Organoids & Biological Model Systems

The goal of MIBE researchers in the field of organoids and biological model systems is to generate functional, organ-like 3D structures from human-like tissue in order to better understand complex biological chains of action and to develop novel therapies.

Cellular Biophysics

PI Andreas Bausch
Cellular Biophysics Lab

All living organisms, ranging from the simplest bacteria to the most complex vertebrates, continuously consume nutrients from the environment. These externally acquired resources power diverse microscopic processes that are essential for the survival and reproduction of cells and organisms. Thus in a cellular environment energy is injected at the molecular scales through motion of the elemental energy consuming nanomachines. Elucidating the basic physical laws that govern the collective behavior of such bustling cellular environments is essential not only for deciphering the physical basis of life but also for engineering complex machines that are capable of reproducing or interfering with functionalities found in living organisms, which is needed for identifying cures for malfunctioning found in many diseases. The research project of Prof. Bausch and his team aims particularly to reconstitute fundamental functional modules of cells connected to the cytoskeletal machinery.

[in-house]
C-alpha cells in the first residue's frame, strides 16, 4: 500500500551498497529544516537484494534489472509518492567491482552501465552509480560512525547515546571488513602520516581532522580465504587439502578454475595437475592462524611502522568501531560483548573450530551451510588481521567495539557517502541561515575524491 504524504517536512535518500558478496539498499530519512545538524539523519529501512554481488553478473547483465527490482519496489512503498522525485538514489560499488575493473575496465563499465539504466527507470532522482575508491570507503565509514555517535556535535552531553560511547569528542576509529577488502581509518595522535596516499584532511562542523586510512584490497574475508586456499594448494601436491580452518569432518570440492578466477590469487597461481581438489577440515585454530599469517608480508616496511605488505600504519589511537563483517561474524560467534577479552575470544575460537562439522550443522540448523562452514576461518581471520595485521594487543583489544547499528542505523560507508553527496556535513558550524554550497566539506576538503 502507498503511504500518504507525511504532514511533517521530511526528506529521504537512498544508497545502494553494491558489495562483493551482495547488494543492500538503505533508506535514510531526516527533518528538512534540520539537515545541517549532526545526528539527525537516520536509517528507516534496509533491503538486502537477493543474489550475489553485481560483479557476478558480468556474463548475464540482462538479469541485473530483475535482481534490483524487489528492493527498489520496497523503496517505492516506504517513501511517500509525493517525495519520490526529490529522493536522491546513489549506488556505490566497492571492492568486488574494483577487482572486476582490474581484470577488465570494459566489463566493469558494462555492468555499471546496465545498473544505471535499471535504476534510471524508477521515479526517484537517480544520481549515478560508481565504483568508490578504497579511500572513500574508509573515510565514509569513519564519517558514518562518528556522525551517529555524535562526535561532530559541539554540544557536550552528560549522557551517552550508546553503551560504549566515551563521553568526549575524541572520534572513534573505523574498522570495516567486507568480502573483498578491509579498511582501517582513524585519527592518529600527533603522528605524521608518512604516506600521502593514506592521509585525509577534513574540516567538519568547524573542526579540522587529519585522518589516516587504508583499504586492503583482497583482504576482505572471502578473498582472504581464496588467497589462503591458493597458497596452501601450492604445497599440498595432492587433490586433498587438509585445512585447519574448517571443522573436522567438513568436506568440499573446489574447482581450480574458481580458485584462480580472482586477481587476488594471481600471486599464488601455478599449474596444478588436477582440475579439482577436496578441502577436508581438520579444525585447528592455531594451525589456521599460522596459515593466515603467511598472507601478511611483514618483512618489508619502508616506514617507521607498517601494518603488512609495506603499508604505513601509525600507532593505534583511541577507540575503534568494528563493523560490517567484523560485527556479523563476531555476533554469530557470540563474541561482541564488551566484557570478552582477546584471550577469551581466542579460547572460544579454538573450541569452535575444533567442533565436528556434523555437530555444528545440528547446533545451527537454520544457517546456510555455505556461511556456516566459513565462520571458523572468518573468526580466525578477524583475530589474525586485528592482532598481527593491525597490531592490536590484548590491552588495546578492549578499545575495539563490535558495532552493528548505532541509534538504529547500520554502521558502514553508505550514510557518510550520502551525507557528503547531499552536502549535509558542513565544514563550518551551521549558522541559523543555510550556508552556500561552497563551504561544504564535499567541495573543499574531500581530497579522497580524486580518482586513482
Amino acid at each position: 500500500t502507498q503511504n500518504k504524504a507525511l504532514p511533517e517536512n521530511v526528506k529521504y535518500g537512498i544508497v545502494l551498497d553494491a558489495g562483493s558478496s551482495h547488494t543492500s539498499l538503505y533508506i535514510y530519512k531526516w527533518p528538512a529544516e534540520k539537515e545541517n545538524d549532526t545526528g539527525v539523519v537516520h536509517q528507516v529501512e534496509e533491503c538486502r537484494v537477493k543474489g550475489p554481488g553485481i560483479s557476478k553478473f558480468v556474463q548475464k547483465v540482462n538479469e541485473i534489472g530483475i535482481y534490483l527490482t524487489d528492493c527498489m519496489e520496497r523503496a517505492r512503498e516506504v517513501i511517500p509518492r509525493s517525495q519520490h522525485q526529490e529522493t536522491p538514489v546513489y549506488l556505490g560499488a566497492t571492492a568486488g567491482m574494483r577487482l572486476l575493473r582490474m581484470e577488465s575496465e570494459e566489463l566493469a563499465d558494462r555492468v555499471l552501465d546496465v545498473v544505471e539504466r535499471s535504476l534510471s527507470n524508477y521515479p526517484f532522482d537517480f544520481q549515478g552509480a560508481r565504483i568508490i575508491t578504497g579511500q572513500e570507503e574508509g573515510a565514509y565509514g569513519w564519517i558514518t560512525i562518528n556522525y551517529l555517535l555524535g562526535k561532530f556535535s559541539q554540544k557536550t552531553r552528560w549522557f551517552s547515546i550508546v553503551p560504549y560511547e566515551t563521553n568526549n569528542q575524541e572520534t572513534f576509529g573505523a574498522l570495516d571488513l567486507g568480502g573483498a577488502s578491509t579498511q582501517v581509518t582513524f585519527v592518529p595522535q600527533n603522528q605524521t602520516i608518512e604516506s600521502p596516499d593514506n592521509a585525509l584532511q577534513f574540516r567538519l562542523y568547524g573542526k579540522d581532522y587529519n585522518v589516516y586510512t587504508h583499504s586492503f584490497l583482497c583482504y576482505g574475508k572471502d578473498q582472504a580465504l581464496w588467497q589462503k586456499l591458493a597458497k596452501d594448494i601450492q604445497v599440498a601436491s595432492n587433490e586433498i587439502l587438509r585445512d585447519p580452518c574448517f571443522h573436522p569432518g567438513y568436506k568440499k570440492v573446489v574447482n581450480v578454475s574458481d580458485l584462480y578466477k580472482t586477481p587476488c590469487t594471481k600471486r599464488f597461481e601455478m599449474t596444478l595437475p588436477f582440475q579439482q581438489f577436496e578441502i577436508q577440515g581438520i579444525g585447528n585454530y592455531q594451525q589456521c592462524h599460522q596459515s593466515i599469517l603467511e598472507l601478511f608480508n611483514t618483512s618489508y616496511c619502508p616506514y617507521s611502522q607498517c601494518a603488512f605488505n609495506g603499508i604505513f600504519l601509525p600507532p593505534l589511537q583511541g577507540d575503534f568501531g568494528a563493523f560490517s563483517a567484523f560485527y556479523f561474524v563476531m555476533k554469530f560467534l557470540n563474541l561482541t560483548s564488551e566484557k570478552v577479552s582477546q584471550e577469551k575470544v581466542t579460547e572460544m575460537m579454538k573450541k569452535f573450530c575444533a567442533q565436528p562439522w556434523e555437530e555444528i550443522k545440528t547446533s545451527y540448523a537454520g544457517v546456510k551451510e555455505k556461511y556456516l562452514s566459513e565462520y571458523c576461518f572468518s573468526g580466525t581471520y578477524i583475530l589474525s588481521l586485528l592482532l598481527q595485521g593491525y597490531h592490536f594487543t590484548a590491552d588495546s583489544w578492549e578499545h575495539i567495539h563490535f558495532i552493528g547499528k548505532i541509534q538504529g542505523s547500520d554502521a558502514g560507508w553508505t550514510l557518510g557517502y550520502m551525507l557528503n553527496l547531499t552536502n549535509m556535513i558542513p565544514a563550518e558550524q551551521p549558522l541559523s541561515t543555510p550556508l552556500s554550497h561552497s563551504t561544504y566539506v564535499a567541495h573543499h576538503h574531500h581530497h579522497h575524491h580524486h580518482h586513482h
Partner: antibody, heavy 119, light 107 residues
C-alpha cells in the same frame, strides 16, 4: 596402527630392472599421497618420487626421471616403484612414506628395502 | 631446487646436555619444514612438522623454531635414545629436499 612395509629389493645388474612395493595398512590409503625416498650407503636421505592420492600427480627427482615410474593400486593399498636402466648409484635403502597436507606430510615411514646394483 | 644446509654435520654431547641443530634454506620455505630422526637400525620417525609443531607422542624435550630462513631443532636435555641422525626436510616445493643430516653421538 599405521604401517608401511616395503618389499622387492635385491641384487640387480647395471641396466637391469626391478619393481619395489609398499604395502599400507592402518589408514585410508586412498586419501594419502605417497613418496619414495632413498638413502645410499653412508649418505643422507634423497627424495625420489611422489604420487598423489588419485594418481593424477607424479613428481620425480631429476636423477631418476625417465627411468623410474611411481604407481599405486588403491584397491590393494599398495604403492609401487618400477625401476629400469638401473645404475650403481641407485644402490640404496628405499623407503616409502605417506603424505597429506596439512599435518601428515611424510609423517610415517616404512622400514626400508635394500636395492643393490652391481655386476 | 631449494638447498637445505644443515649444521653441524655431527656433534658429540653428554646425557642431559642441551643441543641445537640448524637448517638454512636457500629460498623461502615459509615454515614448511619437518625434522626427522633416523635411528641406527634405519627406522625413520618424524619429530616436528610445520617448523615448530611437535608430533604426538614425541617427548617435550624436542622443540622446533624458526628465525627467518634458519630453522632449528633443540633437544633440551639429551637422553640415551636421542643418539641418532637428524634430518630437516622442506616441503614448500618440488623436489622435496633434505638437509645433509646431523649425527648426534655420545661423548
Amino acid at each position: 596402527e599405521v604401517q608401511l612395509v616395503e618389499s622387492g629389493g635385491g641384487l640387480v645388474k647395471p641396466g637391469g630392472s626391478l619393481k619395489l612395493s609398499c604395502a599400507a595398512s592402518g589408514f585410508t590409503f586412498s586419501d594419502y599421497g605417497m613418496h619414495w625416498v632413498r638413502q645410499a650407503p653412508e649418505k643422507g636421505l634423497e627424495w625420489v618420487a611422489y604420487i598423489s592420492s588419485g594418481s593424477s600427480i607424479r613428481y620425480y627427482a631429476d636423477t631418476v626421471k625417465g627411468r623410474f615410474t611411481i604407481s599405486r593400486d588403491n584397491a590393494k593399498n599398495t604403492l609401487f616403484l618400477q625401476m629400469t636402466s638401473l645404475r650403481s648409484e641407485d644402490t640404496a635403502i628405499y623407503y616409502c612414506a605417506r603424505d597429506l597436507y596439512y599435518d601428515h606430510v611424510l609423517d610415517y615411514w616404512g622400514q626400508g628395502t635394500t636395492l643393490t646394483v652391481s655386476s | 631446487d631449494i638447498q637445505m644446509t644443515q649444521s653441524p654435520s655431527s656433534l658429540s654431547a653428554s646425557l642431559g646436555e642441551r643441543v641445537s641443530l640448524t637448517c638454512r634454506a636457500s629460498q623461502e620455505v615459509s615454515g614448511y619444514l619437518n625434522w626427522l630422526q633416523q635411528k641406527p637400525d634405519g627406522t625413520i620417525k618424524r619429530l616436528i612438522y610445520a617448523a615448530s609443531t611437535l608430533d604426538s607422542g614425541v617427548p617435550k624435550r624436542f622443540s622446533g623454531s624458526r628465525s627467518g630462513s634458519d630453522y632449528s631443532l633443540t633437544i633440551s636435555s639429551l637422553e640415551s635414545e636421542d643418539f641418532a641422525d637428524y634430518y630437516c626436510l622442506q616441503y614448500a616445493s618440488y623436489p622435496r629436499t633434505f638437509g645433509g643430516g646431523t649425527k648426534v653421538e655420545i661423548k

Integrative Structural Biology

PI Michael Sattler
Chair of Biomolecular NMR-Spectroscopy

The research of Prof. Sattler and his team elucidates molecular mechanisms of the functions of biological macromolecules using integrative structural biology. Combining solution NMR, small angle X-ray and neutron scatterning (SAXS, SANS), crystallography and fluorescence methods (FRET, in collaboration) they study dynamic conformations of proteins and RNAs that are essential for their functional activity, in cellular signaling and disease pathways. For these studies they employ protein and RNA engineering tools, for example, to incorporate isotopes and spin labels by segmental ligation. NMR fragment-screening and structure-based approaches are used to develop small molecule inhibitors of drug targets. Researchers at BNMRZ develop new methods and probes for medical MRI imaging (Steffen Glaser), novel NMR methods to study amyloid fibrils linked to neurodegeneration and Diabetes (Bernd Reif), nanodiscs to study dynamics of membrane proteins and associated complexes (Franz Hagn), and structural mechanisms of Hepatitis B Virus (Anne Schütz).

More information:
Article in TUM's science magazine: How proteins work
BNMRZ Corporate video (in German)

Epigenetics of Skin Aging

Prof. Dr. Karima Djabali
Research Group Epigenetics of Skin Aging

The principle aim of Professor Djabali’s research on the molecular and cellular pathogenesis of premature ageing, in particular of Hutchsinson-Gildford Progeria Syndrome (HGPS), is to develop preventative strategies to slow down the ageing process and the course of age-related disease. A major focus of this research is stem cell research and its significance for tissue regeneration during the ageing process.